Adam Lambert has come a long way since he came to prominence as the runner-up on the eight season of American Idol. After the season ended and all of the contestants went on tour, Adam released his debut album For Your Entertainment which debut as #3 on the US Billboard 200. Adam’s second studio album, Trespassing, was released in May 2012 and together they made history as the first openly gay artist to achieve the top spot on the Billboard Digital Albums Chart and Canada’s Digital Albums chart.
Known for his amazing cover of Queen’s music on American Idol, Adam landed a deal with the band to replace the iconic Freddy Mercury. Tickets were going like hot cakes before the tour even begun – they even sold out Madison Square Garden in one day!
If Adam wasn’t busy enough with his music, he was also cast to be a part of Glee in 2014 as Elliott “Starchild” Gilbert where he performed an epic cover of Lady Gaga’s “Merry the Night.”
Refocusing on his music, Adam has released his third album, The Original High, which features the single “Ghost Town.” With an insanely catchy hook, deep house beats and bittersweet lyrics this song will be one of your favourites.
Attending his second MMVAs, Adam Lambert shined bright in his sparkly shirt, fitted suit and perfectly groomed hair. Faze caught up with Adam backstage at the MMVAs to chat about touring with Queen, his latest album and being a part of Glee.
What it like to come back to the MMVAs with your new album?
It’s exciting! Earlier I was walking in the red carpet and I remember performing “What Do You Want From Me” live outside at that intersection. It’s really good to be back and I’m really excited about this album. I’m actually working with the same team that put together “What Do You Want From Me” and “If I had You.” It’s a new sound for me; it’s a bit more contemporary than everything I’ve ever done. One of the things that I really love is that we were able to keep my vocals the centre of everything and challenge me to find different places, colours and textures in my voice. I felt like I grew while working on this album.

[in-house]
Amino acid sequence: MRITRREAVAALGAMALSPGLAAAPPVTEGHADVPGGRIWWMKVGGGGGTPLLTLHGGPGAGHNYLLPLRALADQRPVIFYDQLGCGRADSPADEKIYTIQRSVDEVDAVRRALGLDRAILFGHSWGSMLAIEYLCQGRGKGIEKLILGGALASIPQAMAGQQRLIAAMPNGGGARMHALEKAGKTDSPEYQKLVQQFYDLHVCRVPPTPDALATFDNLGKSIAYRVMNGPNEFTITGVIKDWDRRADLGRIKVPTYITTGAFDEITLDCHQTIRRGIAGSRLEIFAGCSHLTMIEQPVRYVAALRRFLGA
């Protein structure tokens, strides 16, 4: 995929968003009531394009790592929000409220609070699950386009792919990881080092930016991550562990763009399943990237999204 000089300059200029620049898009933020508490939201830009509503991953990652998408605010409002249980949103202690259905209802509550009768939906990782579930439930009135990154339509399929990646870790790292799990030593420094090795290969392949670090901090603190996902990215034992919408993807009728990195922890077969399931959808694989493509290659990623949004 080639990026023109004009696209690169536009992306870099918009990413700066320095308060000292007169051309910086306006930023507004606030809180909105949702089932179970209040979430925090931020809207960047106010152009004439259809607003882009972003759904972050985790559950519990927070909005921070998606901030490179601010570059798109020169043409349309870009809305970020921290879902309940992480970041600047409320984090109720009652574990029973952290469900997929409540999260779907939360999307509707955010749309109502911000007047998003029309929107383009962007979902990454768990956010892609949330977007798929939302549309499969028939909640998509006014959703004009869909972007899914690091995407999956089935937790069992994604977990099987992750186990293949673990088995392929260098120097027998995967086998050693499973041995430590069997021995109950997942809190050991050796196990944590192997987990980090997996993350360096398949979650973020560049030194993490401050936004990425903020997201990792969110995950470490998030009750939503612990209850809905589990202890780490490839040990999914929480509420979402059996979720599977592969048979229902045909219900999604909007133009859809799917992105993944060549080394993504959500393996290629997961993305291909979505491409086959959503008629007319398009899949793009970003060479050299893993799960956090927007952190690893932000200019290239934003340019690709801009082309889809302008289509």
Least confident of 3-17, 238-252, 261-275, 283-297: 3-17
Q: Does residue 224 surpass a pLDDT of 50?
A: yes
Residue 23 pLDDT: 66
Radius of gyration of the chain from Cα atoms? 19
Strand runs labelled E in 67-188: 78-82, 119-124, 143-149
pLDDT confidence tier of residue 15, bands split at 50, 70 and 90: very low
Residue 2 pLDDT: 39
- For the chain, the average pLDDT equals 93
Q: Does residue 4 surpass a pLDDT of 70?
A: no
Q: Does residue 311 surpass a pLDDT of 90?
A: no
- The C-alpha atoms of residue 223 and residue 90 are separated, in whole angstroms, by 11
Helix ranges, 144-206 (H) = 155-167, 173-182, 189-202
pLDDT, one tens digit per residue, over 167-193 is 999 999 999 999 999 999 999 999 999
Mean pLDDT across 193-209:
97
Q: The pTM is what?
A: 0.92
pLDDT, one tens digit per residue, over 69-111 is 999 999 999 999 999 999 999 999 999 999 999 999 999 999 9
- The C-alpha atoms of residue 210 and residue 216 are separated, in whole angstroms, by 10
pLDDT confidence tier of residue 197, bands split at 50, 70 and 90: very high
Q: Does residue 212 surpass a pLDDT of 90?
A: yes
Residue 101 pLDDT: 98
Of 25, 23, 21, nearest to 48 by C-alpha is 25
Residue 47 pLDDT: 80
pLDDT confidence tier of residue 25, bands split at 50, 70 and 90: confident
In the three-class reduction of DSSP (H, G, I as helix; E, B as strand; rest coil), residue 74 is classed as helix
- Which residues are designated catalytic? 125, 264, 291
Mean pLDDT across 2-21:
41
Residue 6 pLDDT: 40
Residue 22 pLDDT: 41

When you were asked to take over a legendary role in Queen, replacing Freddy Mercury, what thoughts were going through your head?
The first reaction is that I was really excited because I knew that it would be really fun to get on stage and sing these songs. Then I started thinking about it a little bit and started to get a little nervous because I thought “oh, right. Freddy Mercury, he’s like a rock god.” And I knew that there would be hard-core fans that were going to be very sensitive about this and so I think that forced me to approach the whole situation with a certain level of reverence. I wanted to make sure that we had a certain amount of balance of paying respect to the original recordings and making sure that I was putting myself into the music–not just copying Freddy. I figured that it would be a little sacrilegious to just treat it as an impression. So finding that balancing between the old and new was a little bit tricky but we figured it out and I feel like we nailed it.
Why is important to be on a show like Glee that embraces differences?
When they offered to have me play Elliott on Glee I immediately jumped at it because it’s a show that echoes a lot of the same ideas that I echo in my philosophies and my music. It’s a great show – I love the principals that they push forward. I liked the character because he was kind of like me. The very first day I was terrified because I didn’t audition so what if I get up on set and I suck? Luckily everything worked out.
How does it feel that there are a lot of young people who are coming up in the industry and looking at your story the same way you looked at Queen while growing up?
I take everything one day at a time. I try, in many different ways, to keep things humble and real. I keep the same people around me that has always been around. I try not to think about it like that. I treat it like this is my hobby and my job and I treat it like I’m going to work. I love my job.